After the Japanese internment, Japanese-Canadians were given the choice to either repatriate to Japan or move east of the Rockies. They were not allowed to return to the West Coast. Aki returned to his hometown in Vancouver and was promptly imprisoned and labeled a criminal by the Canadian government. Mary Seki, his sister, considers him to be a hero because it takes courage to defy an unjust racist law. Breaking the Silence is about Mary Seki's quest to clear her brother's name and redress the wrongs of the past. 
    27 mins.

    Click here to reserve a seat as there is limited capacity in the hall. 
    www.eventbrite.com

    http://www.facebook.com/pages/Stolen-Memories/111821878854213

    http://www.ikebarberlearningcentre.ubc.ca/stolen-memories-breaking-the-silence-film-screenings-at-ikblc-may-29-2012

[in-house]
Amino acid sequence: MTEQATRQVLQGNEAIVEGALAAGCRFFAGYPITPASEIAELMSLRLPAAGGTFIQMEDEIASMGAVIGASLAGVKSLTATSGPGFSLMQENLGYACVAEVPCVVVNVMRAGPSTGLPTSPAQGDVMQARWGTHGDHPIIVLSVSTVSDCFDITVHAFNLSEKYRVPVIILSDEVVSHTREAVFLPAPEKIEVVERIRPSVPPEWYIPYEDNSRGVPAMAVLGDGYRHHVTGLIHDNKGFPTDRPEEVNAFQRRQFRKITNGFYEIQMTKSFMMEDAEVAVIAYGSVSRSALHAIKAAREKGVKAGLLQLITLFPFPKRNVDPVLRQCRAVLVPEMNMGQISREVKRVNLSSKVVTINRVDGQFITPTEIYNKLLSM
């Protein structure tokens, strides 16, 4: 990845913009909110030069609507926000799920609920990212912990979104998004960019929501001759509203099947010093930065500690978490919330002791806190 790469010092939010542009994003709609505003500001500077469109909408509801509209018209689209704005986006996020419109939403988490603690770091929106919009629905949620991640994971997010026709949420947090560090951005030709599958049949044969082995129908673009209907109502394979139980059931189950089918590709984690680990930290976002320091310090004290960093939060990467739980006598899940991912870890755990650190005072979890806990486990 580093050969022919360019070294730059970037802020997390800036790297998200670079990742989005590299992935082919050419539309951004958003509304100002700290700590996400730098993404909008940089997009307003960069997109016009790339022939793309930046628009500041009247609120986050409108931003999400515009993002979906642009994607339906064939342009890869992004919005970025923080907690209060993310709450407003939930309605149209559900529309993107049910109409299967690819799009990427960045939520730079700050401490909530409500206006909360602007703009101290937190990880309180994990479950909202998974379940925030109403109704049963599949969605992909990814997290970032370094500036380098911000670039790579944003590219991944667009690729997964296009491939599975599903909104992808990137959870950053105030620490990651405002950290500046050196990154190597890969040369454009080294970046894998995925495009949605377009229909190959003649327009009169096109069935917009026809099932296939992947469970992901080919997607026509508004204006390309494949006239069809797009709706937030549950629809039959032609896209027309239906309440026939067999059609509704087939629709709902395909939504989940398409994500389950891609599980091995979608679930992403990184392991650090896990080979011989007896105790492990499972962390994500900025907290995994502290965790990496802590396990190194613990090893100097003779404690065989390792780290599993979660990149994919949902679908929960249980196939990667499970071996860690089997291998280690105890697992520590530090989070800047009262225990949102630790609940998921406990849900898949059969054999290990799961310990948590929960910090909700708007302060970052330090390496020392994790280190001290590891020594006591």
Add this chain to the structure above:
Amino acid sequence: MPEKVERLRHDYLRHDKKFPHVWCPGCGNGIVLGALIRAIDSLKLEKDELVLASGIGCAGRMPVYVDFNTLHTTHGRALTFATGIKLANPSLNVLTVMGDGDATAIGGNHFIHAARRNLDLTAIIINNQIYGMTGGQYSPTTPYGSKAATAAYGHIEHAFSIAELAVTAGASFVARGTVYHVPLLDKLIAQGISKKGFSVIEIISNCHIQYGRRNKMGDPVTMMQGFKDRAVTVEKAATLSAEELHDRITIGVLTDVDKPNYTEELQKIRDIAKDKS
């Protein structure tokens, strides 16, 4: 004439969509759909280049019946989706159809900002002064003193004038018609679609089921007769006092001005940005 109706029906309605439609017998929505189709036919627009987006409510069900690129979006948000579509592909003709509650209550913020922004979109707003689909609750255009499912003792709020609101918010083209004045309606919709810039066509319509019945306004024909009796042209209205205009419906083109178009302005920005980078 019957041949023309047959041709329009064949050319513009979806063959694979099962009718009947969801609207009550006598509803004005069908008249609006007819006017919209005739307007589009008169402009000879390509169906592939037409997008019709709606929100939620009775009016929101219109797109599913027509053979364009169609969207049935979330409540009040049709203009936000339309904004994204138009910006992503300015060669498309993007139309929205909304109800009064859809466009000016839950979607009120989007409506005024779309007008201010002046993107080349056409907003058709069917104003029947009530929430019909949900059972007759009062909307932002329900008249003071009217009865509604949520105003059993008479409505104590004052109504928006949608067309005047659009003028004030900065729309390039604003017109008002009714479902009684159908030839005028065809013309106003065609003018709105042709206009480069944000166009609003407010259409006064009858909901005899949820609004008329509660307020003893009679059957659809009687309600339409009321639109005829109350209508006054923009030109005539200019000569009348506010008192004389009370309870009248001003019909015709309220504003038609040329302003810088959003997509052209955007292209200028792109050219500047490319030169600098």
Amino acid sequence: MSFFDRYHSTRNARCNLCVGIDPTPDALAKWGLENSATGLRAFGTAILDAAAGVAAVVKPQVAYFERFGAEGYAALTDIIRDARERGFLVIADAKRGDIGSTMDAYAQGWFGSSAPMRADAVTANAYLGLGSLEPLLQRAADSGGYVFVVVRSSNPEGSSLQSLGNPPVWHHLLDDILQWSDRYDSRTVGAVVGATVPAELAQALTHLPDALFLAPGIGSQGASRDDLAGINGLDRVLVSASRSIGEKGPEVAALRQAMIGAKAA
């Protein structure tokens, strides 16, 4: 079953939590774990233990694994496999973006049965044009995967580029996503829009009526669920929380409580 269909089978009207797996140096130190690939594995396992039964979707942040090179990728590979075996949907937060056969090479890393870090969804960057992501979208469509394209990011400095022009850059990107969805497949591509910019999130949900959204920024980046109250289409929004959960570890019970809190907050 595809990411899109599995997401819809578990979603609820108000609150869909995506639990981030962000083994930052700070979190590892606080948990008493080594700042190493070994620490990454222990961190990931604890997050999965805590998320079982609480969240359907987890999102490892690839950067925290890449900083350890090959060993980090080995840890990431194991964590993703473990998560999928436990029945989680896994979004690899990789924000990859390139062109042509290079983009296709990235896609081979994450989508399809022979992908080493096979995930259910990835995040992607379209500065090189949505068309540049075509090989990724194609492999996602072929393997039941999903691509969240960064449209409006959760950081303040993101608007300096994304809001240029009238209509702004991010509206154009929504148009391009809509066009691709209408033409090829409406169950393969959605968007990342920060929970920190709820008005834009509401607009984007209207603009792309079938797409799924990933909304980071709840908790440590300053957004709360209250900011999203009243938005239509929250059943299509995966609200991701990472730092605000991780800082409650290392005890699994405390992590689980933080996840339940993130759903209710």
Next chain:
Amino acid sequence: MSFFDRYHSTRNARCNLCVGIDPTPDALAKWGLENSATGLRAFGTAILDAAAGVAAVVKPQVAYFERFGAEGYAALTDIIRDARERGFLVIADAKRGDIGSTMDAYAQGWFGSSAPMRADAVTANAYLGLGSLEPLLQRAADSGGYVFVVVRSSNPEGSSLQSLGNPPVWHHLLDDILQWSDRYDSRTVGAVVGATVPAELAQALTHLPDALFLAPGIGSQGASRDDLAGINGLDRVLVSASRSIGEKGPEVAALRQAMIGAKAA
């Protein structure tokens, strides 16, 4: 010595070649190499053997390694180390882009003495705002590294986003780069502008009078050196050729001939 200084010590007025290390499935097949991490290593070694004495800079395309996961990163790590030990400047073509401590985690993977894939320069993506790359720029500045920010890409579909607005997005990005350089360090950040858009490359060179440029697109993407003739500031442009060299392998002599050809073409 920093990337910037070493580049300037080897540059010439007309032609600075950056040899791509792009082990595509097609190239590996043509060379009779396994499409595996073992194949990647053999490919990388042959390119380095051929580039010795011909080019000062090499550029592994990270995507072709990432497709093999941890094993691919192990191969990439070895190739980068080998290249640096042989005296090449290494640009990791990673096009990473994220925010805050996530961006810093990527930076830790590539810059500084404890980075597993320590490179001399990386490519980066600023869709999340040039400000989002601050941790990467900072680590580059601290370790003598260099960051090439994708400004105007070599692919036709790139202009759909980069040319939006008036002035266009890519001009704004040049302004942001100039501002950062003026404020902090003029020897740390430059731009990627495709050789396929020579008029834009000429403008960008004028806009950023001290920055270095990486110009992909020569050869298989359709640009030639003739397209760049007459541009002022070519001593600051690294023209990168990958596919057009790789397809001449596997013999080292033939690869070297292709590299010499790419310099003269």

Saturday
    Mar172012

    Breaking the Silence Premieres @ Wide Angle Media Festival

    Coming out of Stolen Memories, Breaking the Silence is a short documentary written and directed by Kagan Goh and produced by Imtiaz Popat and Kagan Goh will be having its World Premiere at the Wide Angle Media Festival at the Roundhouse Community Centre - 181 Roundhouse Mews - in Vancouver on March 25th at 7 pm.

    This documentary is about Akihide John Otsuji, a Japanese Canadian who was unjustly imprisoned for defying a racist law called the Dispersal Campaign. After the Japanese internment, Japanese-Canadians were given the choice to either repatriate to Japan or move east of the Rockies. They were not allowed to return to the West Coast. Aki returned to his hometown in Vancouver and was promptly imprisoned and labeled a criminal by the Canadian government. Mary Seki considers him to be a hero. “Breaking the Silence” is about Mary Seki’s quest to clear her brother’s name.

    www.wideanglemedia.ca